Team Management of High Blood Pressure
The purpose of this study is to test whether blood pressure control can be improved by physician education and feedback provided through the development of physician/pharmacist collaborative teams.
|Study Design:||Allocation: Randomized
Endpoint Classification: Efficacy Study
Intervention Model: Parallel Assignment
Masking: Open Label
Primary Purpose: Treatment
|Official Title:||Collaborative Management of Hypertension|
- Blood pressure control [ Time Frame: Measured by zero blood pressure measurements at baseline and 2, 4, 6, 8, and 9 months ] [ Designated as safety issue: No ]
- Mean number of antihypertensives [ Time Frame: Measured when each patient completed the study. ] [ Designated as safety issue: No ]
- Side effect score [ Time Frame: Measured when each patient completed the study. ] [ Designated as safety issue: Yes ]
- Physician knowledge [ Time Frame: Measured at the beginning and at the end of the study. ] [ Designated as safety issue: No ]
|Study Start Date:||July 2003|
|Study Completion Date:||October 2006|
Intervention patients receive care from a clinical pharmacist to improve blood pressure.
Other: Physician/Pharmacist Collaborative Teams
The patient's physician collaborates with a clinical pharmacist to improve management of hypertension
No Intervention: Control
Control patients receive usual care and do not have a clinical pharmacist included in their care.
The Healthy People 2010 target calls for controlled BP in 50% of the 50 million Americans with hypertension. BP is currently controlled in only 27% of the population. These population figures are in contrast to data from clinical trials (efficacy) in which BP has been controlled in 70 to 80% of study participants. Poor BP control exists in spite of six sets of guidelines generated over the last 30 years in the United States. While there are many causes for poor control, several studies have found that physicians are frequently satisfied with uncontrolled BPs. Numerous strategies exist to assist physicians with achieving better BP control, but a consistent, effective approach to solving the problem has not been found.
The objective of this study is to test whether BP control can be improved by physician education and feedback provided through the development of physician/pharmacist collaborative teams. The rationale for this proposal is generated from studies demonstrating that physician knowledge, quality of prescribing, and attainment of treatment goals can be improved when physicians collaborate with clinical pharmacists. Previous studies have suffered from insufficient sample size and controls and did not include a structured intervention. This study will address these gaps in knowledge by conducting a randomized, prospective study in 5 clinics (2 intervention and 3 control) with 27 physicians who care for 180 patients with uncontrolled BP. The structured intervention will involve clinical pharmacists who evaluate BP therapy and treatment strategies and make specific recommendations to the physician. Patients will be seen at baseline and at 2, 4, 6, 8, and 9 months, at which time random zero BP measurements will be performed. The specific aims of this study are (1) to determine if better BP control can be achieved by the use of physician/pharmacist teams that utilize physician education and feedback when compared to usual care, (2) to determine if improvements in BP control are related to an increase in physician knowledge of and adherence to BP guidelines when they are involved in physician/pharmacist teams, and (3) to determine if changes in BP control are associated with the level and scope of the physician/pharmacist relationships. This model utilizes an innovative system approach to improve BP control. This intervention has the potential to achieve marked improvements in BP control. This model could become one additional strategy to help achieve the BP goals for Healthy People 2010.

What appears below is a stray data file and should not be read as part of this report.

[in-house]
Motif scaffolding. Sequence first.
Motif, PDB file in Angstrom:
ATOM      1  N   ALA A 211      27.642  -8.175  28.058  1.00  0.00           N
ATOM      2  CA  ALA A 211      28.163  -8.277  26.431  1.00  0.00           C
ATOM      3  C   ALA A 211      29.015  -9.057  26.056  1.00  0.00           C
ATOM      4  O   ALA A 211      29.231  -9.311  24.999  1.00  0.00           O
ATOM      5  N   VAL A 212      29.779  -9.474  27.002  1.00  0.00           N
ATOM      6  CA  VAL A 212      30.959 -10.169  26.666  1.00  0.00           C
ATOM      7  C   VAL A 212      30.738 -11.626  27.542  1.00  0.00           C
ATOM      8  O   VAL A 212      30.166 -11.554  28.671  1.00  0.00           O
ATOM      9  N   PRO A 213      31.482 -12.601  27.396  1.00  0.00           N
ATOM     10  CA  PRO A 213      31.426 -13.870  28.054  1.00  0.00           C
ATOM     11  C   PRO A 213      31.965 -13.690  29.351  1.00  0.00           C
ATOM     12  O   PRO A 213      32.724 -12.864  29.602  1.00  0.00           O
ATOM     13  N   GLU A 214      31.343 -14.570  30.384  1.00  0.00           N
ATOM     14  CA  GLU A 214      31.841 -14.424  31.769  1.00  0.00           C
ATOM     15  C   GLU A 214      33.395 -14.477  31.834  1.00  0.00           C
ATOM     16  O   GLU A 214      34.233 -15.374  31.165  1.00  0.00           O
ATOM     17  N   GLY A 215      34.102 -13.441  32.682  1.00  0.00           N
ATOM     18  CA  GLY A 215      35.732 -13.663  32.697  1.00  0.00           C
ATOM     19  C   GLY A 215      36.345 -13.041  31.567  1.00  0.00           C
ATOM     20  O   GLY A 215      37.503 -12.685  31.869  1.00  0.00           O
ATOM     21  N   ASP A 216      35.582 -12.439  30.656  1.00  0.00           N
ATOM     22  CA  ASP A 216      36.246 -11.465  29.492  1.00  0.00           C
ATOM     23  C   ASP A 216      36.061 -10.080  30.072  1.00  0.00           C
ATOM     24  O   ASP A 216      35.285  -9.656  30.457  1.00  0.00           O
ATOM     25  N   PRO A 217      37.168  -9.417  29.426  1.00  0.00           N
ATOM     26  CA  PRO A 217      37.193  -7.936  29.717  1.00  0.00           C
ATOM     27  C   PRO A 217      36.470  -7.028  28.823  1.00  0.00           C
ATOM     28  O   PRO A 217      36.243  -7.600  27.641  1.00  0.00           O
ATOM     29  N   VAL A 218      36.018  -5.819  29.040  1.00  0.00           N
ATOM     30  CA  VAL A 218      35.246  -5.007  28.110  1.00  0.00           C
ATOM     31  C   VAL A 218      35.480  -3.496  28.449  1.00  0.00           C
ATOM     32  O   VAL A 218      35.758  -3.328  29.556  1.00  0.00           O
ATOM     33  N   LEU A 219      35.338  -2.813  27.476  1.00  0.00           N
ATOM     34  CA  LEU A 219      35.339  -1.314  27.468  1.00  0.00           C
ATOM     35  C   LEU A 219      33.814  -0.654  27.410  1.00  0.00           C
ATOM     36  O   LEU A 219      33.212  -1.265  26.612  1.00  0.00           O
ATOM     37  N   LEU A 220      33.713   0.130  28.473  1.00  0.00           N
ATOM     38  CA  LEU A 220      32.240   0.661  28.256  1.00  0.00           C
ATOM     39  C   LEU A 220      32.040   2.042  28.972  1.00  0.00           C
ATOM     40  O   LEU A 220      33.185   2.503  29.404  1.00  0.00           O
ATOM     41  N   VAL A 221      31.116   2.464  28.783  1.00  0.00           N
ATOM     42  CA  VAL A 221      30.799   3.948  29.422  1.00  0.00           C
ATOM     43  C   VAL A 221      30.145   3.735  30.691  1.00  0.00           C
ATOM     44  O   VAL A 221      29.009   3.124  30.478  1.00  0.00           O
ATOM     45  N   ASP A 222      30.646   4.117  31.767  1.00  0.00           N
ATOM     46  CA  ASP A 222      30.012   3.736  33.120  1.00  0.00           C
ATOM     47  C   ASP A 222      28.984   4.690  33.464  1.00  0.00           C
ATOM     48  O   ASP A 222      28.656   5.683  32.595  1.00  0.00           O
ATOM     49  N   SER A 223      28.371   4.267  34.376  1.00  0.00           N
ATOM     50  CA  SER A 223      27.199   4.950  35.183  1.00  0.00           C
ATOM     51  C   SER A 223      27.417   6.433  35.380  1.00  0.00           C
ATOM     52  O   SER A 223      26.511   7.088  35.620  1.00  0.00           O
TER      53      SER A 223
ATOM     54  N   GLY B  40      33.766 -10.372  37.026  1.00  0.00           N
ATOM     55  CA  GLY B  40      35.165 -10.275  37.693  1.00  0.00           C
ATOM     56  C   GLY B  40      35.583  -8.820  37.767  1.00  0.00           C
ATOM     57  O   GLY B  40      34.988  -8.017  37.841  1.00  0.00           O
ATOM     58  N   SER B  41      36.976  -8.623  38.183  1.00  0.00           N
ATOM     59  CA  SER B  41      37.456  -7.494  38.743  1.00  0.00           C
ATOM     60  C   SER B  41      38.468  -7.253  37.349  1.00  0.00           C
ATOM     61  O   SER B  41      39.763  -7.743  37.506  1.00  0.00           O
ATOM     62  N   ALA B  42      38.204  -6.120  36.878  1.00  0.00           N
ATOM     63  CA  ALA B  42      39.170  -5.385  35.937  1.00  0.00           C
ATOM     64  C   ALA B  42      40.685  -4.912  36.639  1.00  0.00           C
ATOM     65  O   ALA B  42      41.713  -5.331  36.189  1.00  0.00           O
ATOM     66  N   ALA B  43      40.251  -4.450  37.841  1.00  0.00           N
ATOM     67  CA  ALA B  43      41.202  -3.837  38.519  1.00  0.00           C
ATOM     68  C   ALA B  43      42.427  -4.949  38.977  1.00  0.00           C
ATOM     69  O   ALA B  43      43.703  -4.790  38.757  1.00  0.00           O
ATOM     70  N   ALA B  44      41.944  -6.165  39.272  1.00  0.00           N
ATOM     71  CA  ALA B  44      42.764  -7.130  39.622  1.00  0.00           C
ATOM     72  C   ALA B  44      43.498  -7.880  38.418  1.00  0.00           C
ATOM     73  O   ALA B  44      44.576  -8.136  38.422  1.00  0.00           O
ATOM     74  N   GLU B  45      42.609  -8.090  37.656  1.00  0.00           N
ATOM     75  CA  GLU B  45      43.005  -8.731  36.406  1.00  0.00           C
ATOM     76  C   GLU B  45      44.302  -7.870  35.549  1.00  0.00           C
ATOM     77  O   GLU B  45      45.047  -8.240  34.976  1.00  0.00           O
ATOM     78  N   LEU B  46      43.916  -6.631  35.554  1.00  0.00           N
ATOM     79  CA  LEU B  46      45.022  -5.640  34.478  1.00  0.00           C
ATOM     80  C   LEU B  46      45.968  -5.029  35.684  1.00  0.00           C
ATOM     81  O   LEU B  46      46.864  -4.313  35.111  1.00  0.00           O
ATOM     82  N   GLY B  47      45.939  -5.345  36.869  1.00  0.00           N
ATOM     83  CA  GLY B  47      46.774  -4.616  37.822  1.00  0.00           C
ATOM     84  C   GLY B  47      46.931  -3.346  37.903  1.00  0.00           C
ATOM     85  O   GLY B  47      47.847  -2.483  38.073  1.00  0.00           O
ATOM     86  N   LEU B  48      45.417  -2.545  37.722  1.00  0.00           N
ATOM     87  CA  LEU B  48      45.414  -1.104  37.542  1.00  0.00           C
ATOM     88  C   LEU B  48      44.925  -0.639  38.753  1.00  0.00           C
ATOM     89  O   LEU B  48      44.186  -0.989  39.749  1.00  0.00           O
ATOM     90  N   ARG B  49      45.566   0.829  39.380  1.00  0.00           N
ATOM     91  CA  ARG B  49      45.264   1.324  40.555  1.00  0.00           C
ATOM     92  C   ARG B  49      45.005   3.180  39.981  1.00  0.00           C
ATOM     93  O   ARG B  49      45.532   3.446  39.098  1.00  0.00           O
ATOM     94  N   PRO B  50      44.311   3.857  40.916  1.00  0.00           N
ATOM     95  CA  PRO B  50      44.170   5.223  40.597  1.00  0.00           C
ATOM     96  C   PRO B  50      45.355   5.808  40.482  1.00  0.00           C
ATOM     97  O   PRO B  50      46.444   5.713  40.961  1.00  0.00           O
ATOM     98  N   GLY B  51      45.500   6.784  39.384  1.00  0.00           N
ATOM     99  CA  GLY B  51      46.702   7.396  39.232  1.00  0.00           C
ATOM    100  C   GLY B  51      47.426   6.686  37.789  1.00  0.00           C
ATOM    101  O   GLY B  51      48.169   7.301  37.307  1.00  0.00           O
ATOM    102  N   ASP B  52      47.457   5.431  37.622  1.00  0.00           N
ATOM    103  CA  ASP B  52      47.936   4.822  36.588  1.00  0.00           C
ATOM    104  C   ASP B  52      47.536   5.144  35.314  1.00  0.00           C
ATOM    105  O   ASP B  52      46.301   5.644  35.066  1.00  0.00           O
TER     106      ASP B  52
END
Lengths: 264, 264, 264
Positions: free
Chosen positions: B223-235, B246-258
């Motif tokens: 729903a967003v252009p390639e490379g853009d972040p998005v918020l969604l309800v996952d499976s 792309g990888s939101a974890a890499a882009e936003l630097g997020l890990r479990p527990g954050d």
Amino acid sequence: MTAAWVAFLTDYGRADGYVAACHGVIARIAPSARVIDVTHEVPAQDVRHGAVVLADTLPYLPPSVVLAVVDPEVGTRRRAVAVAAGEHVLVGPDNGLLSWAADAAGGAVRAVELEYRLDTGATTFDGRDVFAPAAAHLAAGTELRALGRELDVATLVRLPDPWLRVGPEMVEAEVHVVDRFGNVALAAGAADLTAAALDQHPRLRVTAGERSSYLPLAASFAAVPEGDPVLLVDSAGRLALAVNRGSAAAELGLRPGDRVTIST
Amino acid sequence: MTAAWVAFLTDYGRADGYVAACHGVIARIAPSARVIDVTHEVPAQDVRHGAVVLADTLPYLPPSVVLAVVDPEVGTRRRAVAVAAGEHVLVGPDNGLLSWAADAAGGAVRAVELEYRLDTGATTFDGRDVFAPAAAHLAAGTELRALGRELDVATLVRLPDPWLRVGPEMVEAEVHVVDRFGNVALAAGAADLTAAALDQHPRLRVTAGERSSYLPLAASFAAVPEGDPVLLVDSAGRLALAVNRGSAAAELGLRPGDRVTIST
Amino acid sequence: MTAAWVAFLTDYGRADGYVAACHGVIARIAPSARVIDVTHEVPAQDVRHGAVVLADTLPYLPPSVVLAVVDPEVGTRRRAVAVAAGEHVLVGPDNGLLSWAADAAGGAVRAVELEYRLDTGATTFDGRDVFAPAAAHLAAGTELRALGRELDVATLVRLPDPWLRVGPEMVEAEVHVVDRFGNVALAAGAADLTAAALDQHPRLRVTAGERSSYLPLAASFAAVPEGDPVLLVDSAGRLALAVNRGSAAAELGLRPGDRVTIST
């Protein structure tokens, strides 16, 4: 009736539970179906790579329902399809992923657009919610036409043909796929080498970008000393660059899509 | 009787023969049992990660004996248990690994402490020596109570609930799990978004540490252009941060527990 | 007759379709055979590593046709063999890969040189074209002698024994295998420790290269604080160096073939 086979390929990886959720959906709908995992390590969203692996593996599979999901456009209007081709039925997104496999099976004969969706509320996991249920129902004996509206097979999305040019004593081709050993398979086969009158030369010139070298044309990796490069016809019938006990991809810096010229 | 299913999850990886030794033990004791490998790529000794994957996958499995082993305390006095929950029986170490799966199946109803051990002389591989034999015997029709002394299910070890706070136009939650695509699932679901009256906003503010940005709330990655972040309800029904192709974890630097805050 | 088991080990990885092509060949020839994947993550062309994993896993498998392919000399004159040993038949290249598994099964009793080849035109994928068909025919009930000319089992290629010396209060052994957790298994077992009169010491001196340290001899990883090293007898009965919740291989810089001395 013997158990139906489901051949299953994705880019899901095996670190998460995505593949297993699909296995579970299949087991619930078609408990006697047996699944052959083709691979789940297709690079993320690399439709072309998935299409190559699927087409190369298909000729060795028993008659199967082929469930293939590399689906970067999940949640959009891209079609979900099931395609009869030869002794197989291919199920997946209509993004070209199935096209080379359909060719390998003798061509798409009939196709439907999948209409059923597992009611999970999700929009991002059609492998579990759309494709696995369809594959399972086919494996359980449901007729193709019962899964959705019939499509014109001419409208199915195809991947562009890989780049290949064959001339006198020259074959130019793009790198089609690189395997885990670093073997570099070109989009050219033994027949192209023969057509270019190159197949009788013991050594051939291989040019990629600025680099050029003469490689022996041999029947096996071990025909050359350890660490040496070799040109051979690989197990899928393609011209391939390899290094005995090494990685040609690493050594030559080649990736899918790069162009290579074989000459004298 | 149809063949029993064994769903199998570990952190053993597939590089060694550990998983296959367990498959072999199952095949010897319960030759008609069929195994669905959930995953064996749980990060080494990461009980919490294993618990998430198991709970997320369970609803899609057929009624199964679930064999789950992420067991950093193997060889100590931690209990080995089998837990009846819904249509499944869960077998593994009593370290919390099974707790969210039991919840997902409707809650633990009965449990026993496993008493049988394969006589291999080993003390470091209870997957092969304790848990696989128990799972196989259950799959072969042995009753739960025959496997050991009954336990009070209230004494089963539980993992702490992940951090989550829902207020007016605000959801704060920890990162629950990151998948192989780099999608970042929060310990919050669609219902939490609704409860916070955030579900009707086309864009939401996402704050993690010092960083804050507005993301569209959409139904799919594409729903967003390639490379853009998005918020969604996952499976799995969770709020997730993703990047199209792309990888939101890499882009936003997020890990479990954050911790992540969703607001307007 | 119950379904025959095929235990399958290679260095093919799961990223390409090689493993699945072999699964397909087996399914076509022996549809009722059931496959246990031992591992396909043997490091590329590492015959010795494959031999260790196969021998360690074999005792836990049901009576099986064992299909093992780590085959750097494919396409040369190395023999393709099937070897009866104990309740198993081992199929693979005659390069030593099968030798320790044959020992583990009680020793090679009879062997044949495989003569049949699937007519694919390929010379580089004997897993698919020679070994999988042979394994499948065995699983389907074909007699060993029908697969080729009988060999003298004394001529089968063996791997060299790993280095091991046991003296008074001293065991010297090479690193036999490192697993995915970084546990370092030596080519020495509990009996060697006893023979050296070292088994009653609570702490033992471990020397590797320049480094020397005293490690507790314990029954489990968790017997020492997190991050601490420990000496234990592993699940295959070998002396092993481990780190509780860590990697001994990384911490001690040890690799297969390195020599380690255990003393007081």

Please refer to this study by its ClinicalTrials.gov identifier: NCT00201045
|United States, Iowa|
|University of Iowa|
|Iowa City, Iowa, United States, 52242|
|Study Chair:||Barry L. Carter||University of Iowa|